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Governor John Carney held a round table discussion on marijuana legalization at DelTech on Wednesday afternoon.
Kyle Grantham/The News Journal

A slew of influential groups are lining up to oppose a bill that would make Delaware the ninth state to legalize recreational marijuana.

The proposed Delaware Marijuana Control Act is scheduled to be heard by the House Revenue and Finance Committee at 3 p.m. Wednesday.

Organizations that represent police, hospitals, doctors and some of the state’s large employers say they plan to testify against the measure during the hearing.

AAA Mid-Atlantic, so far the loudest voice of opposition, will be joined by the Delaware Police Chiefs’ Association, the Delaware Healthcare Association, the Medical Society of Delaware and the Delaware State Chamber of Commerce.

“We’ve found very little employer liability protection in the bill,” said James DeChene, the chamber’s senior vice president of government affairs. “If this gets passed, employers will have to enact zero-tolerance policies and right now there are no tests for marijuana impairment. That’s a big problem for construction and financial services industries, for example.”

The Delaware Healthcare Association also has concerns ranging from the potential of increased exposure in newborns to a possible spike in emergency room visits, particularly among patients who overindulge in edibles – food infused with marijuana, often with extremely high potency.

“We also share the same concerns as AAA Mid-Atlantic over the risk of an increase in drugged driving, as well as the employment concerns raised by the state chamber,” said association President and Chief Executive Wayne Smith.

The Rev. Tom Layman of the Sunday Breakfast Mission, a homeless shelter in Wilmington, said he also plans to testify in opposition to the bill.

“After more than 28 years of rescue mission work, I can say 90 to 95 percent of adults coming into our shelter are fighting substance abuse, and the vast majority began using by the age of 18,” he said. “Marijuana will find its way into the hands of teens and pre-teens, and that availability will only explode the homeless issue in our state.”

Introduced in late March, the bill would allow anyone 21 and older to purchase up to 1 ounce of marijuana from dozens of stores authorized to sell cannabis. The legislation also would authorize the creation of a marijuana industry that would include cultivation facilities, testing companies and manufacturing businesses that specialize in converting the plant into edibles, liquids, ointments and other end products.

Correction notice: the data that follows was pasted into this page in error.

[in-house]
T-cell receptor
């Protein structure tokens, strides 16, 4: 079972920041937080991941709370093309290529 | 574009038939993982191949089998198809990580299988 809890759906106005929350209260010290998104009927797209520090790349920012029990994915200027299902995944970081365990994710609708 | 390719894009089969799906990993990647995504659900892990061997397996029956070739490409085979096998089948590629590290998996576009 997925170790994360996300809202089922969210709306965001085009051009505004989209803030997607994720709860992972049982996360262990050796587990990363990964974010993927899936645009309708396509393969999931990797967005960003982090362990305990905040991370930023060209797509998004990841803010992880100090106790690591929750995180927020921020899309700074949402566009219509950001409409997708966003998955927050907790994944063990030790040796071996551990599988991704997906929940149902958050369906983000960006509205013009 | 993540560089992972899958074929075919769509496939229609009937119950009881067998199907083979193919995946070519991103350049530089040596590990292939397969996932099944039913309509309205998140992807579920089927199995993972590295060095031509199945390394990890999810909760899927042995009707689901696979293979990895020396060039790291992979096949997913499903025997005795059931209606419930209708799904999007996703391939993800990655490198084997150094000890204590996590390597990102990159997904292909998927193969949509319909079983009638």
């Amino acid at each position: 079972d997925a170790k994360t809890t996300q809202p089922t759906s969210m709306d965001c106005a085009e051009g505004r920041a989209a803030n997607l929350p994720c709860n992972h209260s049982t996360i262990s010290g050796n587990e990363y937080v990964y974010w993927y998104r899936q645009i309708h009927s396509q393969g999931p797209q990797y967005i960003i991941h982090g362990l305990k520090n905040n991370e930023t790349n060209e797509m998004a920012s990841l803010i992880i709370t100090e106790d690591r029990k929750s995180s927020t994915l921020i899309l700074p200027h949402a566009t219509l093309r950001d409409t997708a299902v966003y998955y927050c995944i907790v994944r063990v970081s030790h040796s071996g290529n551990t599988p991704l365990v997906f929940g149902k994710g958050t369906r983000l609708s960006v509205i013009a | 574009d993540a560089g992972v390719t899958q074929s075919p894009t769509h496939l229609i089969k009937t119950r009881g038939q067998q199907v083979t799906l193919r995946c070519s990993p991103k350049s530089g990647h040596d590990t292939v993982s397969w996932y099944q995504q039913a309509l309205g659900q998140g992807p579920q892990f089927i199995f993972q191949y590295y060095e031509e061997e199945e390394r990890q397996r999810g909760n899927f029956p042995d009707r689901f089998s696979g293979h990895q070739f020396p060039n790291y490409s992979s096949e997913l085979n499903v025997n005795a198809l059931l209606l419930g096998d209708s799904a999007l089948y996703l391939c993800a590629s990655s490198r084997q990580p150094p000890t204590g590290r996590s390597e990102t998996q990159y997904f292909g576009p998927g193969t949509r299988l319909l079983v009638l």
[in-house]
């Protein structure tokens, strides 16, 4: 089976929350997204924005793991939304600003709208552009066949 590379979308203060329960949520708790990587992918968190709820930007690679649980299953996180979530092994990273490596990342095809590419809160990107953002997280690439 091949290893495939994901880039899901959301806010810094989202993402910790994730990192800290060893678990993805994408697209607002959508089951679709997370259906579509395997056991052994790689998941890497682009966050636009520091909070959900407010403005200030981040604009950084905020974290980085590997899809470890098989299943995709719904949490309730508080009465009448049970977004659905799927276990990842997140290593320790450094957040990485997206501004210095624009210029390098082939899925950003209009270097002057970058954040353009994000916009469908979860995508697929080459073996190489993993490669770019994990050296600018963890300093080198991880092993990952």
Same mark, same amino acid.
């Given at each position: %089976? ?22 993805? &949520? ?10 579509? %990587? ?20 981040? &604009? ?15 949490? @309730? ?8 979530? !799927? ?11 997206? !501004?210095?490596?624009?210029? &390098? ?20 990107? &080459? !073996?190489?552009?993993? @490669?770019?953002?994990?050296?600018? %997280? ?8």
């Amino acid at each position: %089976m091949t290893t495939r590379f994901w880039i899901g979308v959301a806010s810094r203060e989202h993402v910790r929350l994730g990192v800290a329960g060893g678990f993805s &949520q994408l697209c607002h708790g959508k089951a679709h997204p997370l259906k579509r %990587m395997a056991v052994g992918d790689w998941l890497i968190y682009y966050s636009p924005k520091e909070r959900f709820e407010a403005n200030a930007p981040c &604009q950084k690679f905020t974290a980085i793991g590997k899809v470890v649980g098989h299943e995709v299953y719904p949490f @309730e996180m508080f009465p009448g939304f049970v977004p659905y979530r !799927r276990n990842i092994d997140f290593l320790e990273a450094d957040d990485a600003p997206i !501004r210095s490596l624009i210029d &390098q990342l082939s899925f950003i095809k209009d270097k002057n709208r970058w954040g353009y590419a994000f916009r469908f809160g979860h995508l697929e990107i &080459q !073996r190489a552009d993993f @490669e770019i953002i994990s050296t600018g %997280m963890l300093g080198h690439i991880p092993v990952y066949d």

The bill’s co-sponsors, Rep. Helene Keeley, D-South Wilmington, and Sen. Margaret Rose Henry, D-Wilmington, estimate the act could generate $22 million in annual tax revenue for Delaware, which is currently facing a nearly $400 million deficit.

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Despite the list of powerful groups opposing the measure, the bill is widely viewed as having a good chance of clearing the 13-member House Revenue and Finance Committee, which is made up of nine Democrats and four Republicans. Keeley, who was not immediately available for comment Friday, chairs the committee while three other Democrats on the panel are co-sponsors of the legislation.

“We are optimistic that legislators are willing to eliminate what is now a dangerous criminal market and replace it with a taxed and well-regulated system,” said Zoë Patchell, who heads the Delaware Cannabis Advocacy Network – one of the bill’s chief supporters.

Other groups that actively supporting the bill include the state chapter of the NAACP and DeNORML, the local chapter of the National Organization for the Reform of Marijuana Laws.

Even if the Marijuana Control Act wins approval in committee, the bill still would face an unusually tall hurdle. To become law, the measure requires backing from 14 senators and 28 representatives — a two-thirds vote in both houses needed to change criminal penalties.

A poll conducted by the University of Delaware last year found that more than 60 percent of state residents support full legalization of marijuana.

But Gov. John Carney has said he does not support the legislation. The state, his office noted, is still working to get the 6-year-old medical marijuana program fully operational and already has approved a law decriminalizing marijuana in 2015, downgrading possession of an ounce from a criminal offense to a civil violation, like a parking ticket.

The supermajority required to pass the bill also would make the measure veto-proof, but Carney’s opposition could make it harder for lawmakers — particularly Democrats — to overrule the governor.

“The majority of Delawareans are in favor of taxing and regulating cannabis like alcohol,” Patchell said. “And we hope our elected representatives will listen to the will of the voters on this issue.”

DCAN is planning to drum up public support with a march through downtown Rehoboth Beach at 2 p.m. Saturday as part of the Global Cannabis March, an effort to call attention to what the group calls “harsh, failed and costly policies prohibiting cannabis.”

Both DCAN and AAA Mid-Atlantic also are planning lobbying events at Legislative Hall on Thursday, regardless of whether the bill is voted out of committee.

“Regardless of whether Wednesday’s hearing is the first phase or the final phase for this bill, we think it will be helpful to continue educating lawmakers and the public on this issue,” AAA spokesman Ken Grant said.

Contact business reporter Scott Goss at (302) 324-2281, sgoss@delawareonline.com or on Twitter @ScottGossDel.

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